The Presbyterian Church is going through a hard time these days. In one recent mailing from folks who are critical of the movements in that denomination I found this line:
“…it is difficult to critique ideas without being accused of criticizing the people behind the ideas.”
No kidding! How many times have we questioned ideas presented by a teacher only to be chastised by his supporters for daring to criticize “such a good man”? A few years ago I dared to mention my disagreement with a certain teacher in an email newsletter and received a scathing rebuke from a woman who claimed that the teacher had helped so many people and I was unchristian to say anything against him.
Well, I need to address that way of thinking. First, it is not “unchristian” to disagree with wrong ideas. Duh! (Oops, a little sarcasm is creeping in.) Wrong ideas should be challenged. If those who know the truth don’t speak up against error when they hear it, who will? And, listen, good people sometimes have bad ideas. It is more than possible that a well-intentioned believer, even a quality teacher, could have certain ideas that would be dangerous for the people of God. Who is supposed to say something about that?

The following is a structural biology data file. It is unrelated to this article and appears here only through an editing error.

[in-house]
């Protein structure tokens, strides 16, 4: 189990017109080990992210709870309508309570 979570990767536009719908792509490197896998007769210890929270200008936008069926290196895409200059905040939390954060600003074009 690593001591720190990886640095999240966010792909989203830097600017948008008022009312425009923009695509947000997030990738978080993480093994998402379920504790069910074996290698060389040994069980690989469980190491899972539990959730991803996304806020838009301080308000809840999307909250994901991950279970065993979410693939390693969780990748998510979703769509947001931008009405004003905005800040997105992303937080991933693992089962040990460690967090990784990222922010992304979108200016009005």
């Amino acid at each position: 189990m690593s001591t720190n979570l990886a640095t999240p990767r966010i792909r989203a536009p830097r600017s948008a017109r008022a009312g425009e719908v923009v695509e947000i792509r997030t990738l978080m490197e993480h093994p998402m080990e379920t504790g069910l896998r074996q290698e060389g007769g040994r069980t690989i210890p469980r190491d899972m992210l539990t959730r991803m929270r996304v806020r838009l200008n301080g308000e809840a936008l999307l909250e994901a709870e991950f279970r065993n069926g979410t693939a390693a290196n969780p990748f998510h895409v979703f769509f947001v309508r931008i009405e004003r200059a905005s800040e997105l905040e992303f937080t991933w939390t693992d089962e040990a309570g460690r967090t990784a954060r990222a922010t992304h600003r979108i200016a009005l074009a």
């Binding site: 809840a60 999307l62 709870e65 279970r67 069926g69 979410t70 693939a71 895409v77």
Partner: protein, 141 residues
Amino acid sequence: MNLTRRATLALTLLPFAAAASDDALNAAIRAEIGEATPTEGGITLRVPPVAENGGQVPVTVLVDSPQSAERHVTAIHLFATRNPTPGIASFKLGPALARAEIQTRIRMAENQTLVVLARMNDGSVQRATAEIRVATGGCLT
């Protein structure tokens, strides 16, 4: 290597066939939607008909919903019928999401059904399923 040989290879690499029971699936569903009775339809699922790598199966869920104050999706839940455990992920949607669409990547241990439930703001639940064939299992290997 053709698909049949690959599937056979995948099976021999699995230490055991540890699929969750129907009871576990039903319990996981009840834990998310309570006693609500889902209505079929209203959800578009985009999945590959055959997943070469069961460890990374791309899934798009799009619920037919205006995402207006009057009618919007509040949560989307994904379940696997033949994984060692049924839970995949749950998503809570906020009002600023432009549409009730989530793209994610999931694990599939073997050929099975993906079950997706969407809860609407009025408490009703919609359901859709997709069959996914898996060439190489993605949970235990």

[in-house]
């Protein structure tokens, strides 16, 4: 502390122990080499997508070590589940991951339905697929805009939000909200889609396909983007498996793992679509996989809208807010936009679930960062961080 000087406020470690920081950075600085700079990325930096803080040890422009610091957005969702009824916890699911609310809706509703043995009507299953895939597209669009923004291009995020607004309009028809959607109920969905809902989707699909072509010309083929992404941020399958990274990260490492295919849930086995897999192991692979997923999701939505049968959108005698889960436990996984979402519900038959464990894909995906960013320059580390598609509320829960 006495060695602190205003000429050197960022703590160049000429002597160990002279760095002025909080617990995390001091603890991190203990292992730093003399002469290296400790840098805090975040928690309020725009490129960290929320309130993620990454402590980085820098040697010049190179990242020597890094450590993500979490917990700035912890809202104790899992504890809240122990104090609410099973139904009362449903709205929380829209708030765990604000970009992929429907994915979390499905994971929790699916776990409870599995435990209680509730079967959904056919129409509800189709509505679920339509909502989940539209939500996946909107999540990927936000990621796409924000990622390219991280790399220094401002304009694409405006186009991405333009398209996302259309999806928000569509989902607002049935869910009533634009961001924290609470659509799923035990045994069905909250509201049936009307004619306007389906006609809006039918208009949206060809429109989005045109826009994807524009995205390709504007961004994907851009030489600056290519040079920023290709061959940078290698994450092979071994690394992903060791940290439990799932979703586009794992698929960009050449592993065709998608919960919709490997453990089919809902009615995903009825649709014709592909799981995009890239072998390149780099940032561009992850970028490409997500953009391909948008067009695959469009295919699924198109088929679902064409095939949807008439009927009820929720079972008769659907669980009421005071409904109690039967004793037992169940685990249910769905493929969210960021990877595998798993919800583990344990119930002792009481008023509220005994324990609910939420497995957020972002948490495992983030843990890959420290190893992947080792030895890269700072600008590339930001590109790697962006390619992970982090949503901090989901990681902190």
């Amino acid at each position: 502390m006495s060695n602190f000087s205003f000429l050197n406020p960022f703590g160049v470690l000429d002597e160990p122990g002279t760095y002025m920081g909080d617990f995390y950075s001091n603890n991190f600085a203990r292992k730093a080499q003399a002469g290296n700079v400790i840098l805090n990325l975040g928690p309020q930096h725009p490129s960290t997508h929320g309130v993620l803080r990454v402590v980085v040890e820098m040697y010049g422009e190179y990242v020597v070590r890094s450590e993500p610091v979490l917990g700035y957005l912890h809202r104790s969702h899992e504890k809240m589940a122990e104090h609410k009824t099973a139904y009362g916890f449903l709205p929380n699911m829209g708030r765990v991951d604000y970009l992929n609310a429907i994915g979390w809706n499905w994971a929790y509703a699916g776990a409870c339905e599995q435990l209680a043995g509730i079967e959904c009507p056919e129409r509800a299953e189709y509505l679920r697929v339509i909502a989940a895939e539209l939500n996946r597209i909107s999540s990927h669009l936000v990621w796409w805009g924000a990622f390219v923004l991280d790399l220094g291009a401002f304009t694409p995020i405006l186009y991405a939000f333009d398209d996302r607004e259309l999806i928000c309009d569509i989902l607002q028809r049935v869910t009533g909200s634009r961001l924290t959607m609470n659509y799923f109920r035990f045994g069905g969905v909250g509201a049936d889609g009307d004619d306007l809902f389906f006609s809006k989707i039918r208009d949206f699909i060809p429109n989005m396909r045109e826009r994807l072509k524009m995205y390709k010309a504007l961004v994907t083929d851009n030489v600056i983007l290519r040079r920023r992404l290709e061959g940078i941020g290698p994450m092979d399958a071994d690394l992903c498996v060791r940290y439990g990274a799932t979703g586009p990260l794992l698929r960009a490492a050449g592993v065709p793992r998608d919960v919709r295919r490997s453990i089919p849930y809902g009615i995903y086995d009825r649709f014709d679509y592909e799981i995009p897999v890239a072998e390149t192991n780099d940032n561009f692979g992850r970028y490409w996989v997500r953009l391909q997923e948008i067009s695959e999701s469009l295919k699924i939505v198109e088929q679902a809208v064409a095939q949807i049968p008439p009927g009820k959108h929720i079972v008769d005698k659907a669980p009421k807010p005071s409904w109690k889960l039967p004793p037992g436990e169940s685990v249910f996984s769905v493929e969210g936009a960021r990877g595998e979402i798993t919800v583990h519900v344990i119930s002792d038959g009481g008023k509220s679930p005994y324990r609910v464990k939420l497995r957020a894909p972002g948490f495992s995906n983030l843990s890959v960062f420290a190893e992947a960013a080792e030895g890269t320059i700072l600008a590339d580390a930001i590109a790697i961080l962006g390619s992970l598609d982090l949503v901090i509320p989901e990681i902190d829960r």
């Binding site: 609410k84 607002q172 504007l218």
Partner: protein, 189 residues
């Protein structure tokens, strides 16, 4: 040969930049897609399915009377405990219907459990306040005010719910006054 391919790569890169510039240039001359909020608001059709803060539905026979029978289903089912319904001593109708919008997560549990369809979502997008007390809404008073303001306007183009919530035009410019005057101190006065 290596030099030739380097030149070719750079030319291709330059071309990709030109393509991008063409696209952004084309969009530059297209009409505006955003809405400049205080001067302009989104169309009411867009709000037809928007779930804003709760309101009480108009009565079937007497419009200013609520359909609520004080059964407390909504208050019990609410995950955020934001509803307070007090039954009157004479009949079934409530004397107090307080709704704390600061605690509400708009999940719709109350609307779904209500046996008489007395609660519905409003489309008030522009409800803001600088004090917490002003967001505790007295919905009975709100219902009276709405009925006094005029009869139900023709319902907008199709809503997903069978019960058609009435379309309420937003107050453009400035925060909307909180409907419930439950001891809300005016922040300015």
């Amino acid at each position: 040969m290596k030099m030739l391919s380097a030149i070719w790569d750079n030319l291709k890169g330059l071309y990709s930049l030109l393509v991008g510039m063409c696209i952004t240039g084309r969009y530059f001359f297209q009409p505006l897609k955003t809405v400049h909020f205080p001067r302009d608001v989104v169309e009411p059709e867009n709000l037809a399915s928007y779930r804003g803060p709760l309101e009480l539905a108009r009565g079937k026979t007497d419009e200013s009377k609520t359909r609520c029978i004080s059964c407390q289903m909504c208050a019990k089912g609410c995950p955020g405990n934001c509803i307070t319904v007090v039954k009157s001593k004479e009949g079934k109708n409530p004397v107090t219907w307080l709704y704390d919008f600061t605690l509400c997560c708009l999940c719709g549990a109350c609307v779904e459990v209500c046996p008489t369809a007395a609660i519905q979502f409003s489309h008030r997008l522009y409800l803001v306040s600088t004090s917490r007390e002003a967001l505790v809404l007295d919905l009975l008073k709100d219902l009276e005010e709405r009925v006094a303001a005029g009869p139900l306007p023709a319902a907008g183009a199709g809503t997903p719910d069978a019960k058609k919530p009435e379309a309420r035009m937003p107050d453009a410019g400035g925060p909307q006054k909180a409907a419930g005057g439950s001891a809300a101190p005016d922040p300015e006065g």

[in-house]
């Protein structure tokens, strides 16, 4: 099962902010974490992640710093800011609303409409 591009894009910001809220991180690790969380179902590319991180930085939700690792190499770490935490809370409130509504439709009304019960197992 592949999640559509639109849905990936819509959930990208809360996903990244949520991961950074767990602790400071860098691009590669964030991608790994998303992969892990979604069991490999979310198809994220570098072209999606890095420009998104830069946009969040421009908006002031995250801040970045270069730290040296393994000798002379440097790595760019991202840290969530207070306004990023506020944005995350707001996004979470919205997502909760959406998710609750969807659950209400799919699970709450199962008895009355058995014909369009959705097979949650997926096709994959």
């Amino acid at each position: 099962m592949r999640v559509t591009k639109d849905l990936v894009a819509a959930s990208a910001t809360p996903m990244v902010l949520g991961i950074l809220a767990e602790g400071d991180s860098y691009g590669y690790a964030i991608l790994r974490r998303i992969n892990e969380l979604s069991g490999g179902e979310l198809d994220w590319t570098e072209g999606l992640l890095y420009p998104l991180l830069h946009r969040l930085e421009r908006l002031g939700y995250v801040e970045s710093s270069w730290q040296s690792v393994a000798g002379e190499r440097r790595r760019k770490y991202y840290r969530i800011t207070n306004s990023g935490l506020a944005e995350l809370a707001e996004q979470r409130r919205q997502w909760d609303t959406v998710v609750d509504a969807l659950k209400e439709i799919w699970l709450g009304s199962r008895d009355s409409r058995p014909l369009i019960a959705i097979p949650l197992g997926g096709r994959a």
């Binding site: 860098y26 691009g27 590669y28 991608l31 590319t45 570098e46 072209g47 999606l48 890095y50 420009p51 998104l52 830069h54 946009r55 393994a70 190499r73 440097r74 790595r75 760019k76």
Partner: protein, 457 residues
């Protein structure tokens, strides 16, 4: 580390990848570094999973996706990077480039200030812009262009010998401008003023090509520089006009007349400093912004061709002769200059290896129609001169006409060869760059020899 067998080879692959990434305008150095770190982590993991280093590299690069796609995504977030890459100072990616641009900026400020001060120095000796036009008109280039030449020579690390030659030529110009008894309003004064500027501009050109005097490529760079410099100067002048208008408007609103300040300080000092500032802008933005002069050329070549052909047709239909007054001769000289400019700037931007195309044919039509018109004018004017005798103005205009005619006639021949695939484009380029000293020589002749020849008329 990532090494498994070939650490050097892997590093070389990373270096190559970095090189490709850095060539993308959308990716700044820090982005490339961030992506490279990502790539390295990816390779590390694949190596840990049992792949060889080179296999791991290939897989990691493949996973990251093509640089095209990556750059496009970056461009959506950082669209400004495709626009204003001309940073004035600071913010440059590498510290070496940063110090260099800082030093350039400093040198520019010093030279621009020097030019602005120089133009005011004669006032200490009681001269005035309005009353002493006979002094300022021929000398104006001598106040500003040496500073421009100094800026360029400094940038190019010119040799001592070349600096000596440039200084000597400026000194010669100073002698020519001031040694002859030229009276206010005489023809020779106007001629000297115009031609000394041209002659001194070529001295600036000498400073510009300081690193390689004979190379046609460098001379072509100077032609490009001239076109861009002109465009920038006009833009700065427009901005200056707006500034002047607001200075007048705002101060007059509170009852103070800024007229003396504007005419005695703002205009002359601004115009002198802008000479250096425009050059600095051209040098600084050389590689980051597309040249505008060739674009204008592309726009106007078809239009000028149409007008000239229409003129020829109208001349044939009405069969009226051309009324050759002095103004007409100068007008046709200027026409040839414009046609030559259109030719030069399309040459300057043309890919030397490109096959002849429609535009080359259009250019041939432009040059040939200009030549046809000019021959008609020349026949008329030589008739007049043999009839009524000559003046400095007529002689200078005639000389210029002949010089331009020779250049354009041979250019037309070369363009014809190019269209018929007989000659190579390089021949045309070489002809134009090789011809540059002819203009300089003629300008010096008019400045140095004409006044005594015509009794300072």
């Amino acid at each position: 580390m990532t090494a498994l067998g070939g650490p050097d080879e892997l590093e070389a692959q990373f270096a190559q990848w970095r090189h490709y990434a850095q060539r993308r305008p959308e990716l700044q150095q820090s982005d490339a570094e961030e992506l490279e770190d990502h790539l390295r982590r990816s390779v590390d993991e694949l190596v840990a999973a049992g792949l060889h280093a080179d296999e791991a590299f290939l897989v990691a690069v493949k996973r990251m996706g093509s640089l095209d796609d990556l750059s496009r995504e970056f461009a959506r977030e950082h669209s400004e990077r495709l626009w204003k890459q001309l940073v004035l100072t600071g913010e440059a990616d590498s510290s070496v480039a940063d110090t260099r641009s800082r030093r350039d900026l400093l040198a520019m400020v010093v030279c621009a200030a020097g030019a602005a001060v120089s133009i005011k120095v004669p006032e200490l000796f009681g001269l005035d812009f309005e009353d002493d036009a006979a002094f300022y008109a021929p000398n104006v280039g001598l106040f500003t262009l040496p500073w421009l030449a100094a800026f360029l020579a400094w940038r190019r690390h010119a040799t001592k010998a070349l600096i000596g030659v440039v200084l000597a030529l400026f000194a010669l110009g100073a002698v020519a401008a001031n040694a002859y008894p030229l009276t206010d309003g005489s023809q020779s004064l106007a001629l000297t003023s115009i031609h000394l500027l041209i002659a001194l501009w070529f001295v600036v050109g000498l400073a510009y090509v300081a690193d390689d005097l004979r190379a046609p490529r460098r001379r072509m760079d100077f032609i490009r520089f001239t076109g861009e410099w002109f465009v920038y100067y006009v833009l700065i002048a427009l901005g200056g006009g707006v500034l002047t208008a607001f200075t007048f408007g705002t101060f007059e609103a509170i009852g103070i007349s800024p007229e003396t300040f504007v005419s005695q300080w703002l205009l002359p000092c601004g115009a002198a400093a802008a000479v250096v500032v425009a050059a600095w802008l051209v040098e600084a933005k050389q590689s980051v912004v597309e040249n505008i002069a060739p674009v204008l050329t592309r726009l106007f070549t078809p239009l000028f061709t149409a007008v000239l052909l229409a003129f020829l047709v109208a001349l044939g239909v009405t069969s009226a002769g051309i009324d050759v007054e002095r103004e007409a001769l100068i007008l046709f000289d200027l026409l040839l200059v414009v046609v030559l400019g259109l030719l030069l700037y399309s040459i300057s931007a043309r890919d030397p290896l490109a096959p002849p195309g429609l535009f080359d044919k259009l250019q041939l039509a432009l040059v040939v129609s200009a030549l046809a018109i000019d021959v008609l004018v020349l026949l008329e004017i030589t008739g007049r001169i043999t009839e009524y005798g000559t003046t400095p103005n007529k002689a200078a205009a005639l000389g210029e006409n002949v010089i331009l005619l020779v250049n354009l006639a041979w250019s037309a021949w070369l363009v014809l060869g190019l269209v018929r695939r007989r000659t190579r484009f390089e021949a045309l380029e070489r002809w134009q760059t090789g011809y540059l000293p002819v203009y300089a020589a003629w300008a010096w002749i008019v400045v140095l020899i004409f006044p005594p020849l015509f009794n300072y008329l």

In chapter 2 of Galatians, Paul acknowledges the leadership of the apostles, particularly Peter. Then he tells about a time when he had to stand against Peter to challenge an error.
Now when Peter had come to Antioch, I withstood him to his face, because he was to be blamed; Galatians 2:11
Peter was wrong. Paul said something. That was the way it was supposed to be done. He didn’t disrespect Peter or stop loving him. He simply pointed out that what Peter was doing was wrong.
Frankly, we are supposed to do this for each other. The more we love someone, the more we care about the way they think. Love and truth are never separate in the heart of God.
What do you think?